No referees, no trophies, no showers, no half-time, for some no full-time (‘ah’ve just remembered that my Mammy told me to come straight hame after school’).

What do you know? I’ve just remembered some of the reasons why I love football so much.

Tuesday, 19 May 2009

Tirade

There is a power of aggression on the Govan Road today.

I walk out of the Royal Bank in the morning and into the eye of a storm. A big black 4x4 is stopped in the middle of the road and the driver has the window down, leaning across the passenger's seat, screaming at a fella who's getting money out of the cashline. And I mean screaming. His face is twisted and he's bawling obscenities, the likes of which I won't repeat, and the man at the cash machine is roaring back, cursing and swearing, threatening abuse.

One is accusing the other of starting it. The other says he will rip his head off. The first says he will cut the other's throat. They are both middle aged men. Neither of them looks like they'd be fit to fight. The one at the bank's got glasses on and looks mild mannered but his replies are vicious.

Take it this is a 'road rage' dispute and the big black jeep driver has chased the other offender who has since left his car to go to the bank.

What a state they get themselves into. Can't be good for you. I don't feel it's doing me any good either.

Friday, 8 May 2009

The Govan Baby

The back of the card reads, 'In 1884, the people of Govan built the Aitken Memorial Fountain at the centre of Govan Cross to honour one of their own, Dr John Aitken, who had died working to improve public health locally. At the centre of the fountain was a statue of a cherub - 'The Govan Baby'. Having stood for over 100 years, Govan's Baby disappeared in the 1990s and has not been seen since. It is a small symbol of all that has been lost at Govan Cross.'

Funny that, how I was just thinking about the fountain at Govan Cross about 2 or 3 weeks ago, googled it, and found out all about the good Dr. Aitken.
Then yesterday, I saw two men inspecting the fountain and measuring it and discussing it and I thought, oh no, please don’t be dismantling this now.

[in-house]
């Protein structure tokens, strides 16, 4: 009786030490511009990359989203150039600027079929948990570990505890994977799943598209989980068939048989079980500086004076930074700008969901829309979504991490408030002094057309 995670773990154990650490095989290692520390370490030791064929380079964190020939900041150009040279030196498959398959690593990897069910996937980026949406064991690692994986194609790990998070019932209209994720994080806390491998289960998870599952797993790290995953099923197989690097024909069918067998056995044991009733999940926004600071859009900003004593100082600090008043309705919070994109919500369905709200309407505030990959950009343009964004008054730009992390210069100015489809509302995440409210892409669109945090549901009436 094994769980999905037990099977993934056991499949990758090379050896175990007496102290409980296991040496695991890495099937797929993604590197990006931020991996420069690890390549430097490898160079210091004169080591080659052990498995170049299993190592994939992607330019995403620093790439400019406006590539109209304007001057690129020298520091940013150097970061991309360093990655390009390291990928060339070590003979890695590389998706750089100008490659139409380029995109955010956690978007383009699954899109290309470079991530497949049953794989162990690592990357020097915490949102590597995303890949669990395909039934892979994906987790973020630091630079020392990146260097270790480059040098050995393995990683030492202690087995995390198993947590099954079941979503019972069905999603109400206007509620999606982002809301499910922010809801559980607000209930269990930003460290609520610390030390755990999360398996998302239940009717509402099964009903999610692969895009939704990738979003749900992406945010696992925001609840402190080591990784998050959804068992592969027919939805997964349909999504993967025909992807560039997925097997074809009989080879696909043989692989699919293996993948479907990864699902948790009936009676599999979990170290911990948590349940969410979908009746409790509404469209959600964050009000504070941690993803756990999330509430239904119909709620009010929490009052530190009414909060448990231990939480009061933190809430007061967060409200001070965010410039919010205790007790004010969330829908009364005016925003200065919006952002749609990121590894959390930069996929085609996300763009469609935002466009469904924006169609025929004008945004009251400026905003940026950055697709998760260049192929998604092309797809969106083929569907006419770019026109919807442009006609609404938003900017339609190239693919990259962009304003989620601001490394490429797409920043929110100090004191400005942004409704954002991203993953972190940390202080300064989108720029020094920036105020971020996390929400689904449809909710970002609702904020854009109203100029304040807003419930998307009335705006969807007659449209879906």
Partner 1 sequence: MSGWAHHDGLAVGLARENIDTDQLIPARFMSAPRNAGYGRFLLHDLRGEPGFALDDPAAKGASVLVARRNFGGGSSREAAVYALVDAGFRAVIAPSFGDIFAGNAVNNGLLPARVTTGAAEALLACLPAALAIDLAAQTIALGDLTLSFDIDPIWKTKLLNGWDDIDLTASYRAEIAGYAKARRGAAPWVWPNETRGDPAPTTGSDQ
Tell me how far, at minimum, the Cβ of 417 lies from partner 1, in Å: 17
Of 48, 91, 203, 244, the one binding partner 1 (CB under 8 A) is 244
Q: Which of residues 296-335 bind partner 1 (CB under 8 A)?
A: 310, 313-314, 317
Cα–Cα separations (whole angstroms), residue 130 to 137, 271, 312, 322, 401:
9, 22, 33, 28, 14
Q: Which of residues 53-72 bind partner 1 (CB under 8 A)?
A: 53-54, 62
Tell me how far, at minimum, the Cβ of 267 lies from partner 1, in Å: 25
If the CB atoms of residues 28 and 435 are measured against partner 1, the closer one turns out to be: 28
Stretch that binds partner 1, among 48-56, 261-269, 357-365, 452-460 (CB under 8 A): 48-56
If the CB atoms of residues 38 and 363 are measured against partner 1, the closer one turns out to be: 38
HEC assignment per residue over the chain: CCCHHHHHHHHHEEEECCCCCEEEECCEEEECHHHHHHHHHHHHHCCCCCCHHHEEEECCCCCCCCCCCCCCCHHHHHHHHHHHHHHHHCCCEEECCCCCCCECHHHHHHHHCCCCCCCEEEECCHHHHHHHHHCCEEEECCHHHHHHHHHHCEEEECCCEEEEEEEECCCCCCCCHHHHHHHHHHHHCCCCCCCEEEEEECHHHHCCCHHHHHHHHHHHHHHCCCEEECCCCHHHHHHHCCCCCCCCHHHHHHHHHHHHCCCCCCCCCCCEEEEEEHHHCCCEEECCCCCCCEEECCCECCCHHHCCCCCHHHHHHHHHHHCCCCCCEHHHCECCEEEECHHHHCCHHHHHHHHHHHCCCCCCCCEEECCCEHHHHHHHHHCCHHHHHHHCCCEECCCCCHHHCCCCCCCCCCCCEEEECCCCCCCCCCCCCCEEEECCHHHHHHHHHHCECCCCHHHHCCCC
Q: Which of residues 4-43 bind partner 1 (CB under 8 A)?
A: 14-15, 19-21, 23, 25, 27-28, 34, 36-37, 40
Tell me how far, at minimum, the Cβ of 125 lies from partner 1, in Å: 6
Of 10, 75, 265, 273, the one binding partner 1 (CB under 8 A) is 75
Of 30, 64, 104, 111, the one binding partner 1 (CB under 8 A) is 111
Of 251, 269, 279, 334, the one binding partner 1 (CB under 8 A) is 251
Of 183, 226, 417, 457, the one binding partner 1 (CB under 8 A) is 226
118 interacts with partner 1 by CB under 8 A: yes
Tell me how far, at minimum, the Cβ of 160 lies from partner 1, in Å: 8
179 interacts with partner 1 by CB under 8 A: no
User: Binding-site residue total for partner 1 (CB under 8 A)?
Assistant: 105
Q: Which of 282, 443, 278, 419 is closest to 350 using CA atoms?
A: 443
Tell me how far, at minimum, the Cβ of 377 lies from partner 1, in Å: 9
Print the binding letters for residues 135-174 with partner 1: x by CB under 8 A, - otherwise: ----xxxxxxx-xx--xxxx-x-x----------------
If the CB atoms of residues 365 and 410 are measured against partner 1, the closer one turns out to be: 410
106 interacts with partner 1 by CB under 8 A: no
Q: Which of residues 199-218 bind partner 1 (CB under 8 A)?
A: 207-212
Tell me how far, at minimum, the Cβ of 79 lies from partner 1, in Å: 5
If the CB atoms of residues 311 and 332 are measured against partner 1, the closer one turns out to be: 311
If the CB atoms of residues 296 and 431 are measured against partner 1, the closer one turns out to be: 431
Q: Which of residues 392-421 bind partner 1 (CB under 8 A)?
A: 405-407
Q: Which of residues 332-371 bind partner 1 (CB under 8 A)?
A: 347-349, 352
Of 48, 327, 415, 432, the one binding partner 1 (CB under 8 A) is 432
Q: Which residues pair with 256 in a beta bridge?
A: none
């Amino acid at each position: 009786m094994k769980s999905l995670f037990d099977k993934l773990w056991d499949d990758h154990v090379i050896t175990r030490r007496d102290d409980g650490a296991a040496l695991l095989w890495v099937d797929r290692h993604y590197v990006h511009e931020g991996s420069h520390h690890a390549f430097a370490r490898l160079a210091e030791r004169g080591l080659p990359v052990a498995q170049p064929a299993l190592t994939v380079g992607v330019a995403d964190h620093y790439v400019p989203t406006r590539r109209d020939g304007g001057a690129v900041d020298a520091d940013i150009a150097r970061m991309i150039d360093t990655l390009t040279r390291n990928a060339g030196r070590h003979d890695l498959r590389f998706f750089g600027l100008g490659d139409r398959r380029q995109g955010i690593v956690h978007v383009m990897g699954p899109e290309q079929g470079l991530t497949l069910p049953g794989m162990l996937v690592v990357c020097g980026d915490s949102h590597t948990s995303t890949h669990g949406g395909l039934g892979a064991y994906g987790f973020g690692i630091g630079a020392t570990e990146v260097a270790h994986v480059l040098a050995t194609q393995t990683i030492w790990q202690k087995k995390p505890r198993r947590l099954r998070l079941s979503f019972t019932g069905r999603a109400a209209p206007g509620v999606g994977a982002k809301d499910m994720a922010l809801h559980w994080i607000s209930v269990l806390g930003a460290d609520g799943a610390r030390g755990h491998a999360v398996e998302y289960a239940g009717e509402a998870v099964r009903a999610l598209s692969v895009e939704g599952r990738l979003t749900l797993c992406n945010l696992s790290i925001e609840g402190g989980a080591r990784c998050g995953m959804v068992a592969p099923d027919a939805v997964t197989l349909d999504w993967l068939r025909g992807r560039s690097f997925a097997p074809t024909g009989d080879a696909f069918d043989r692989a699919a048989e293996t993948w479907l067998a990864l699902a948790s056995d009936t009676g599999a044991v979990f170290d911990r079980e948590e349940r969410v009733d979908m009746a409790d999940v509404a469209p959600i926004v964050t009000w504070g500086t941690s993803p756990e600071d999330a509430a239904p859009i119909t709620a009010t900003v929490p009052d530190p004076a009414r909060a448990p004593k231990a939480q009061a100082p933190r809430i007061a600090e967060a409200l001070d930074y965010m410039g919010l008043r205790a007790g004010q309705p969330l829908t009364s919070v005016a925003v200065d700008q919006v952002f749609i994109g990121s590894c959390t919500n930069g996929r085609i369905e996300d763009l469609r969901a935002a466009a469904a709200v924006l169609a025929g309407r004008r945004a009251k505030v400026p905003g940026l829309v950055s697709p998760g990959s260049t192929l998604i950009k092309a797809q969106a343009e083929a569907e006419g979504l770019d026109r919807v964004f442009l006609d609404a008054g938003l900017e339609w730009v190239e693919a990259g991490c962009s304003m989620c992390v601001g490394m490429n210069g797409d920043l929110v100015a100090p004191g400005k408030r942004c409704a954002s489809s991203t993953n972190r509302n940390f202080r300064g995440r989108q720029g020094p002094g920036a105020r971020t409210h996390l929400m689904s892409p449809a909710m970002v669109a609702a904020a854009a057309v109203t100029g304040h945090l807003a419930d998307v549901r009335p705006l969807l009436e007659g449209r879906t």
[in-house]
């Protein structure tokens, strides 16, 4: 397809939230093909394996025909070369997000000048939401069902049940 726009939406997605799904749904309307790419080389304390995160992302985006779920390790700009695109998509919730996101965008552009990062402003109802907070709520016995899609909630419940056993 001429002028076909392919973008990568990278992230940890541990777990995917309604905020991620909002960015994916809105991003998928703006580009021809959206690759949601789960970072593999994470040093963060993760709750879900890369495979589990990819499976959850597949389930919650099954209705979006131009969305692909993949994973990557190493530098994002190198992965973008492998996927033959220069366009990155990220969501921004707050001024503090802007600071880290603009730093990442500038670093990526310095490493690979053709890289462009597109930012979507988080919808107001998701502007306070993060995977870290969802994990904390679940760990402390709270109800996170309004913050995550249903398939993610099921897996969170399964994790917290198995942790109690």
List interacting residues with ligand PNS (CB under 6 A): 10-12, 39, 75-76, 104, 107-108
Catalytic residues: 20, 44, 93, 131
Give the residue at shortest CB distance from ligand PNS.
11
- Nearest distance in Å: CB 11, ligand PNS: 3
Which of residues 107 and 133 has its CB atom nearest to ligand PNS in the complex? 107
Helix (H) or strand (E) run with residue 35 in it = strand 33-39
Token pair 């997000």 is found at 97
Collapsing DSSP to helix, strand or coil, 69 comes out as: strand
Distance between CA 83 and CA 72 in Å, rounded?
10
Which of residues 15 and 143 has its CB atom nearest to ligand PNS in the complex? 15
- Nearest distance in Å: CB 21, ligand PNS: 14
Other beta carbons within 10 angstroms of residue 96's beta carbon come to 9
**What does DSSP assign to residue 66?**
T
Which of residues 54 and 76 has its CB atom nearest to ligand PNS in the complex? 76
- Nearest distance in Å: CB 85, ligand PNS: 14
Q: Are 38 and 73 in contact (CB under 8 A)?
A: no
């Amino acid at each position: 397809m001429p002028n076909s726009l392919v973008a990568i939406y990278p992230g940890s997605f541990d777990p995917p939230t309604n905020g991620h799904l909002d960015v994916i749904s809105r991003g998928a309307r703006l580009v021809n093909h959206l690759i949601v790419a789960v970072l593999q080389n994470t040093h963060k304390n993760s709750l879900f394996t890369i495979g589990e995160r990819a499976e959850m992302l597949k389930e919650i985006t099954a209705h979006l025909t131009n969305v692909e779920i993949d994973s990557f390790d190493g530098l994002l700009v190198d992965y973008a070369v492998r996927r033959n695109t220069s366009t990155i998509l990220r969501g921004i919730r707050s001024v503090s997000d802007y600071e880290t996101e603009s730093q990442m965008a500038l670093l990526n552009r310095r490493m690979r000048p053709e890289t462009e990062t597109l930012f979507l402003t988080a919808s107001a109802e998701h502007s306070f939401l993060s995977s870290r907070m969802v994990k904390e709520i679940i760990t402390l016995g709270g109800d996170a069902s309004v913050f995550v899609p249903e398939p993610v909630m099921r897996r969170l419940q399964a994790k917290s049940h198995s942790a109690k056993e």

And then, today, I sees a crowd mingling around the fountain and banjo and fiddle music playing out of a white marquee against the wall which divides the waste grun from the slabs wherein the fountain and the public lavvies are set. There’s a giant mobile screen with rolling captions which says this is done in partnership with so and so and such and such and this one and that one.

A dog walking buddy is wryly watching on the periphery.
“Another waste a money likely “ says he, curtly.
“Is this for the fountain?” says I.
“Ah think it’s for the church,” he says. “That bit a grun belangs tae them. That’s how they pit that tarmac doon, so’s the market couldnae get oan it.”
He shakes his head, scunnered.
Two guys are footering nearby with a tv camera and a big furry mic.
“There’s the telly,” I say, “Go’n on it.”
He snorts. “Aye right, Ah’ll get taken away in a van”.

On the bench behind the marquee sit a few gents, enjoying a swally. They wander round to the main event and I ask one if he knows what this is for. They all join in with, “Don’t know”, “We jist put up the marquee”, but one, knowledgeably says it’s cos there used to be a baby in the fountain and then the council lost it or something.

A lady comes up to me with a basket of shortbread cherubs and I take one out, which is unfortunately broken, but I just keep it anyway.
“What’s your wish for Govan?” she asks and writes down my answer on the back of a card.

Thursday, 7 May 2009

Watson's Cake Parade

Wasn't it great when your Granny and Great Aunty came for afternoon tea and brought a cake box tied with string. And the conversation was always very interesting.


Here are a couple of fairy cakes on sale in Watson's Bakery, Shaw Street, Govan in 2009. They are light in texture with a covering of white icing and chocolate sprinkles. The one on the left is a variation: the top has been sliced off and cream smothered inbetween.


These are the top cakes. A pineapple souffle and a raspberry souffle (pronounced soofle). I have recently seen these called 'tarts', but we always, rightly or wrongly, referred to them as soofles.

Today in Watsons, for a change, the one on the right has an added ornamental swirl.

Here they are from a sideways angle so we can see the very delicious shell. It's the combination of the crispness of the shell and the soft fondant and the sweeeeeeeeeeeet cream inside that makes this cake so perfect.